Christer Hydén, Professor emeritus in trafficsafety, has been working with traffic safety ever since 1971. He took his degree at Lund Institute of Technology, 1987, and became a full time professor in 1993. First achievement was the development of the Swedish Traffic Conflicts Technique, which was the basis for his thesis in 1987. Research on conflict theory and practise has been one of the main themes ever since. He has, in that context, been involved in several projects around the world where conflict studies has been the main issue. Another major topic Is vulnerable road users, which lead to a focus on safety in cities and – particularly – vehicle speeds. He led the first project on Speed Limiter in cars, and was also responsible for a large scale experiment on small round-abouts in the 1990-ies. This project created a lot of interest in Sweden, and resulted in a large scale implementation of such round-abouts. Hydén has been the President of ICTCT, the International Co-operation on Theories and Concepts in Traffic from 1979 to 2011. He has presented papers at a large number of national and international research conferences, and been lecturing at several international traffic safety courses organised by the Swedish Road Research Institute and Lund Institute of Technology, in Eastern Europe, Africa, Asia and South America. One speciality has been to spread knowledge about traffic conflicts. Hydén received in 1991 the Volvo Traffic Safety Award for the development of the Swedish Traffic Conflicts Technique, and in 2014 the Frank Blackmore Award for Lifetime Contribution to Roundabouts, 2014 by TRB Committee on Roundabouts.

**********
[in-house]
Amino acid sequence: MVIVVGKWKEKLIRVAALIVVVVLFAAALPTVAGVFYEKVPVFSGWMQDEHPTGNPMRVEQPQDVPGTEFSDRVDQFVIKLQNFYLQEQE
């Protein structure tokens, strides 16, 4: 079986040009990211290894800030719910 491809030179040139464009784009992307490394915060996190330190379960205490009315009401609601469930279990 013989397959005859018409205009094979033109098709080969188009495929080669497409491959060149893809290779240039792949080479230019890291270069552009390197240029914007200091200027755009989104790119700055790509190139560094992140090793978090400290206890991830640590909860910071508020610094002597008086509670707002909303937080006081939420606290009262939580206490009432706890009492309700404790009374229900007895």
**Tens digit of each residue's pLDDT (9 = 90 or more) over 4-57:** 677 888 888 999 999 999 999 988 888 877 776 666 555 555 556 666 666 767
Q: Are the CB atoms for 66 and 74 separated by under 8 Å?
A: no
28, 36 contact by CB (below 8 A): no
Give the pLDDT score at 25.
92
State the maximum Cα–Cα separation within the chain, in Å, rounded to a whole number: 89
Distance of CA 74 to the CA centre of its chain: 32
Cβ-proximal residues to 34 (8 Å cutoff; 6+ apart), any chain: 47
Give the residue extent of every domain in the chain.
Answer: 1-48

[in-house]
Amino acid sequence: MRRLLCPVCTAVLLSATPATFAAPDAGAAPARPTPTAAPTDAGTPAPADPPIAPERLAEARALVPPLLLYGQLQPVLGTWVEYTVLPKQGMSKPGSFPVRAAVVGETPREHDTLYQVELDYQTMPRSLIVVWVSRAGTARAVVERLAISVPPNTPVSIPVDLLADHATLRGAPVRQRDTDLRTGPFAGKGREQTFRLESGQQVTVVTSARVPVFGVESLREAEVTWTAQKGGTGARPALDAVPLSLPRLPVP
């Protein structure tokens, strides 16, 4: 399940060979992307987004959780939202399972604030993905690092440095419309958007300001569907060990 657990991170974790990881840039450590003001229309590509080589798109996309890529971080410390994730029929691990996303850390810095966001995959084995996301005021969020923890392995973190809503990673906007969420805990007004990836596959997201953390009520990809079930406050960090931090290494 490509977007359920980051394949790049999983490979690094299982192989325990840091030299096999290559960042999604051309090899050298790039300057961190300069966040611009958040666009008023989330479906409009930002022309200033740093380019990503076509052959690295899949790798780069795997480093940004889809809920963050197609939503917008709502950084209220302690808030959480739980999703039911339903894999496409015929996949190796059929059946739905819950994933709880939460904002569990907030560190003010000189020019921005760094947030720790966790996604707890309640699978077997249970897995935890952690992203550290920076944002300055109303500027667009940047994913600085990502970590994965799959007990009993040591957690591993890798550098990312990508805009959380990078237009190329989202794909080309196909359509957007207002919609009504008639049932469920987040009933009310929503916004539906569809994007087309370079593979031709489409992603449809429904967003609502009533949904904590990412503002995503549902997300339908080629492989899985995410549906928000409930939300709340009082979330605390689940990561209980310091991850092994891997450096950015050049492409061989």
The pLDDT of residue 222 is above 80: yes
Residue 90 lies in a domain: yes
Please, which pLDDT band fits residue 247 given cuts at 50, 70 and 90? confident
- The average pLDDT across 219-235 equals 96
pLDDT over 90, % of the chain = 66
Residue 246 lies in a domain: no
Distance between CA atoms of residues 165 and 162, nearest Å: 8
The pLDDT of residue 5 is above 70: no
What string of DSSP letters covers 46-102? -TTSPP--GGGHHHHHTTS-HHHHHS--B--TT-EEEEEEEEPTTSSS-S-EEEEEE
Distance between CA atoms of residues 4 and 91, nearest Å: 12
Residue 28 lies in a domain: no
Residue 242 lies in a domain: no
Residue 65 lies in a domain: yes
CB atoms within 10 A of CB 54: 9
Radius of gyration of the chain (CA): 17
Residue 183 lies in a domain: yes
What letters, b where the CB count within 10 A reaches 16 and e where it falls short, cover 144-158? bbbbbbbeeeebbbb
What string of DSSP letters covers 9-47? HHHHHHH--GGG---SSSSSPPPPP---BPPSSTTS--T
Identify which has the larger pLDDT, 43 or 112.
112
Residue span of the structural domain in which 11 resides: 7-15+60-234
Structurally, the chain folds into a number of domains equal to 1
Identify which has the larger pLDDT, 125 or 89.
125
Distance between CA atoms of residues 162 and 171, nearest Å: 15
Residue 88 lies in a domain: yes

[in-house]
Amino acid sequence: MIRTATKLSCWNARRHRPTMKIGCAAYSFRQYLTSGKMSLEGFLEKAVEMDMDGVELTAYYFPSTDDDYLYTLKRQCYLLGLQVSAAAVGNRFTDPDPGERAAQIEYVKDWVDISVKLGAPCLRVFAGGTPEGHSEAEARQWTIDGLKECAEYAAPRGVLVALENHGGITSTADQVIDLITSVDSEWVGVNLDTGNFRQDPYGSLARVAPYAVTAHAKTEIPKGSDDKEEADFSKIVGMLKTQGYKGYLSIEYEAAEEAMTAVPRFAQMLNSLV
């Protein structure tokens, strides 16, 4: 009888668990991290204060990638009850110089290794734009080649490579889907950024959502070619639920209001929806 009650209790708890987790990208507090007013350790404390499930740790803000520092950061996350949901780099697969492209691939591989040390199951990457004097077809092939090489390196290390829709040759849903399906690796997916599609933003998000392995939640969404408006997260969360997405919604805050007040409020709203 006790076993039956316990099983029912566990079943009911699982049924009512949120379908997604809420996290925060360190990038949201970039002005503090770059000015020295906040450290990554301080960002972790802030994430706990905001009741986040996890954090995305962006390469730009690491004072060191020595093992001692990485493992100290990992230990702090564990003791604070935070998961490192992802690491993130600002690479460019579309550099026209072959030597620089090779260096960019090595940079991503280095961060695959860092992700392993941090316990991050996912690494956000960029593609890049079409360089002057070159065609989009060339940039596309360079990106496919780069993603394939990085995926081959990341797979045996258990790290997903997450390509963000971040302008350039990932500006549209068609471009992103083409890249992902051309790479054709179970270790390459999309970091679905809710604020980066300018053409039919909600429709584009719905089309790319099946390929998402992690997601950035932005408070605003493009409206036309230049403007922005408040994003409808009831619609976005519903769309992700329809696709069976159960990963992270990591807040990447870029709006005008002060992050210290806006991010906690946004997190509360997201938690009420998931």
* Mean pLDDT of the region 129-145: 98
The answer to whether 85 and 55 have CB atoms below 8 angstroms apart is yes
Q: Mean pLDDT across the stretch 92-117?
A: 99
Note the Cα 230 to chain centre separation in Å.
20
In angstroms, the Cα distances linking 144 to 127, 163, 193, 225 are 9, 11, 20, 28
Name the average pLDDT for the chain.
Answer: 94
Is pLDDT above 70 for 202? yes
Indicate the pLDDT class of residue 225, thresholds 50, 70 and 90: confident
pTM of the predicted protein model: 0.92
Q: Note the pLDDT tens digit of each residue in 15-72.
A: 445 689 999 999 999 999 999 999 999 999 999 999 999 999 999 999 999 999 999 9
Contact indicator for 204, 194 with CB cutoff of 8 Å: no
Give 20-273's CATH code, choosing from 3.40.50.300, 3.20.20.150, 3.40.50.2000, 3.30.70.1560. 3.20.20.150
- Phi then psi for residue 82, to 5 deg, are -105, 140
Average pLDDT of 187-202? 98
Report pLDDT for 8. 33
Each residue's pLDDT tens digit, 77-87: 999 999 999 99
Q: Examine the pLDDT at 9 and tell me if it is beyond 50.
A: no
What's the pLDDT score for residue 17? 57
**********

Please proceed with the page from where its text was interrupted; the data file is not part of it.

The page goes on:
Dinesh Mohan, Director, is currently Honorary Professor at the Indian Institute of Technology Delhi. He retired as Professor Emeritus for Biomechanics and Transportation Safety and Co-ordinator of the Transportation Research and Injury Prevention Programme at the Indian Institute of Technology Delhi. He serves on the editorial boards of